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So you think you want to hire a personal trainer . . .

Trying to get in better shape? Maybe it's time you asked for help from a personal trainer. • A personal trainer can fill several vital roles, tailoring a workout regimen to your needs and making sure your form and technique are good. Perhaps the biggest advantage: A personal trainer provides accountability. • Here's some advice, from personal trainers and those who employ them, on how to hire a trainer of your own.

1 Qualifications

A trainer with a four-year degree in a related field is preferable. Look for personal training certifications; especially look for certifications that require continuing education, which helps keep a trainer current on trends and research.

2 Experience

While formal education is important, experience with clients is vital as well. Ask to speak with a couple of clients for references.

3 Area of focus

Some trainers focus on specific clients. If, for instance, a trainer specializes in helping high-performing athletes tweak their performance and you simply want to lose some weight and increase your mobility, maybe it's not a good fit.

4 Curiosity

During your interview, the trainer should ask you more questions than you ask the trainer.

5 Commitment

Most trainers suggest working with a trainer two to three times a week, at least initially. This is especially true if one of your problems has been motivation. The frequent visits can help establish a routine. Once you fall into that routine, you can cut back your visits.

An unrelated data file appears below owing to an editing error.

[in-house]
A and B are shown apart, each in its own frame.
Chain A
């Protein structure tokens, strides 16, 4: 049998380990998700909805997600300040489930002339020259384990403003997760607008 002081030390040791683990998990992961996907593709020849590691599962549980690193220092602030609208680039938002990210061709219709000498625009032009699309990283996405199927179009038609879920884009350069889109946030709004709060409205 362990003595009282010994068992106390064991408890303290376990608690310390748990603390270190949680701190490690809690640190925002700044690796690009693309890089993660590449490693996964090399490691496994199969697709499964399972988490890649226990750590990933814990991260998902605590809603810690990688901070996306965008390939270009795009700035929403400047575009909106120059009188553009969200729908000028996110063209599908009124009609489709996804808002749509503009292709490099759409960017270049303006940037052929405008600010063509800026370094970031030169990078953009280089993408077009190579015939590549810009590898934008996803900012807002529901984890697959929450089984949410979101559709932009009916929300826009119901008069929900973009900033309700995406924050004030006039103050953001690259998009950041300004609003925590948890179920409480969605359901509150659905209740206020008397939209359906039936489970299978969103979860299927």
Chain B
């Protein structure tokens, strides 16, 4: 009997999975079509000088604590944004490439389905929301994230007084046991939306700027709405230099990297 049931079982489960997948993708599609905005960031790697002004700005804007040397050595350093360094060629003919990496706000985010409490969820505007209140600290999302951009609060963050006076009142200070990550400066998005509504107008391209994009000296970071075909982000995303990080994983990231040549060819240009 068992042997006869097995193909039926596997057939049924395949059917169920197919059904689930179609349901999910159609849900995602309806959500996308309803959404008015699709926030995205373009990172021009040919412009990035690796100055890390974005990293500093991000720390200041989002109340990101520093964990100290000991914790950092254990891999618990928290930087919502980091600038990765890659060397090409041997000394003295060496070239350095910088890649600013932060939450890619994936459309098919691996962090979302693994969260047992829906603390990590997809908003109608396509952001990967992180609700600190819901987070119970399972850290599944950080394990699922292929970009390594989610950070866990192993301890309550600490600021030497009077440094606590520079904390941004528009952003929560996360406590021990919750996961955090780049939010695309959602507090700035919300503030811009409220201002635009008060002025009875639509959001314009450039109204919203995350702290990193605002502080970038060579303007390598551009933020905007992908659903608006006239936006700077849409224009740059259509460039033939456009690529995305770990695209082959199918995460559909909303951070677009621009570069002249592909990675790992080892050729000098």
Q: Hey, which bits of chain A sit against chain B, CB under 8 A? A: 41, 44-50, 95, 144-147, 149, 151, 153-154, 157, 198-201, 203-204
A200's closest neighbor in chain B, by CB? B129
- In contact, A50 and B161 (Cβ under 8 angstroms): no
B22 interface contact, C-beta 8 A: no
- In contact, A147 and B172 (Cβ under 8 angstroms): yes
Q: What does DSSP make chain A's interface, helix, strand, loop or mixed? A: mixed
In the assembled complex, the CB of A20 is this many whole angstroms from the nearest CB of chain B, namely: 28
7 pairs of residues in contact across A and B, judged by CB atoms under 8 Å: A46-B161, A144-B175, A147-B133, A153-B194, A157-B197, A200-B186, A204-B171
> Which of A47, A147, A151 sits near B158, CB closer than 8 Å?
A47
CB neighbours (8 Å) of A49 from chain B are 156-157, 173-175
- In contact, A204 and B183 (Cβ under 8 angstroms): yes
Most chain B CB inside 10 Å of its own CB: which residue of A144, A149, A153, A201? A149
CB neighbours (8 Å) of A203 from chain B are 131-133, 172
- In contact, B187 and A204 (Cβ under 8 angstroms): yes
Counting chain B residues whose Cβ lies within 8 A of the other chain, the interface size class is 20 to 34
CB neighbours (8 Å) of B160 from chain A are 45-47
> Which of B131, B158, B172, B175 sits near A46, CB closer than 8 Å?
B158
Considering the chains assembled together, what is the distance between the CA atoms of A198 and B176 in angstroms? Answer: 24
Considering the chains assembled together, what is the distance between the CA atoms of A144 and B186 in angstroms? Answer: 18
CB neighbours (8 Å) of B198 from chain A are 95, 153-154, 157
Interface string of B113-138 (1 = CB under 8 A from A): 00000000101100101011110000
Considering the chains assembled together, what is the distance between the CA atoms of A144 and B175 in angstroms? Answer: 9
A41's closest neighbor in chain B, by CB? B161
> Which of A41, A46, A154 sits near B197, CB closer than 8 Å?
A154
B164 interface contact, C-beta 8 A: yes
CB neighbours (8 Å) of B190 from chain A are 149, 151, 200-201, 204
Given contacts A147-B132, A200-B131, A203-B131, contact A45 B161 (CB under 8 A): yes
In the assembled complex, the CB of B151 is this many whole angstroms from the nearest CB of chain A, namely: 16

6 Team player?

Because healthy living isn't simply about working out in the gym, check to see if the trainer works with and will refer you to other health care professionals. If you're diabetic, for instance, the trainer should bring in a nutritionist or dietitian to consult. If you have muscular dystrophy or fibromyalgia, you might want a masseuse.

7 Cost

The trainers we spoke with said to avoid anyone who requires a long-term commitment. Most personal trainers charge by the session.

A one-hour session in a gym will run $45 to $65. (Less experienced trainers may charge less.) A trainer with a related degree will run more, perhaps $60 to $65. And if the trainer comes to you, expect to pay $60 to $100 or more.

8 Flexibility

Your trainer should be willing to show you how to work on your own, or be willing to consider group classes if that's a better fit for your budget.

So you think you want to hire a personal trainer . . . 12/28/12 [Last modified: Friday, December 28, 2012 3:30am]

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